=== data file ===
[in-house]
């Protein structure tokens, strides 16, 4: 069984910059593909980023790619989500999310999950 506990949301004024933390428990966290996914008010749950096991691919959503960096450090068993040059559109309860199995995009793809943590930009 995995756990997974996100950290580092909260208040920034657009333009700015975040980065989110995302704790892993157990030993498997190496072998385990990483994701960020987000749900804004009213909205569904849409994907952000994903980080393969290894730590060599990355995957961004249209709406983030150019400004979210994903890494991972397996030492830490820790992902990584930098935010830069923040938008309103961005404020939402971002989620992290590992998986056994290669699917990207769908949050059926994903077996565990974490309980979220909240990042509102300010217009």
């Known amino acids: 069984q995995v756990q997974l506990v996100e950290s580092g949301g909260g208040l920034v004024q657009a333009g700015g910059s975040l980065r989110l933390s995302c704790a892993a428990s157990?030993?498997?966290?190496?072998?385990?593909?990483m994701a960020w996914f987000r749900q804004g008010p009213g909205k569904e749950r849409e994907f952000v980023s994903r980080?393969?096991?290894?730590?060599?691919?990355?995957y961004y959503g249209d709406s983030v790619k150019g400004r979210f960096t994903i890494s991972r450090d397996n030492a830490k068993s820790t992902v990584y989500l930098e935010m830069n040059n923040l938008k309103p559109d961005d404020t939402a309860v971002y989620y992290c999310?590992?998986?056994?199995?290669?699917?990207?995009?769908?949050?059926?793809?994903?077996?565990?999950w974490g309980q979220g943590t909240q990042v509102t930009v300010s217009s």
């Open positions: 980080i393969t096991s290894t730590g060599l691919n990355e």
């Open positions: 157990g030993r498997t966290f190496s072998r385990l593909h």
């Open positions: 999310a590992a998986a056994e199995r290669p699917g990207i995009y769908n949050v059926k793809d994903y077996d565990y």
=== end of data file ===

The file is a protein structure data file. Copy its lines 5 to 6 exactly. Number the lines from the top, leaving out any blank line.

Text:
């Open positions: 157990g030993r498997t966290f190496s072998r385990l593909h």
């Open positions: 999310a590992a998986a056994e199995r290669p699917g990207i995009y769908n949050v059926k793809d994903y077996d565990y």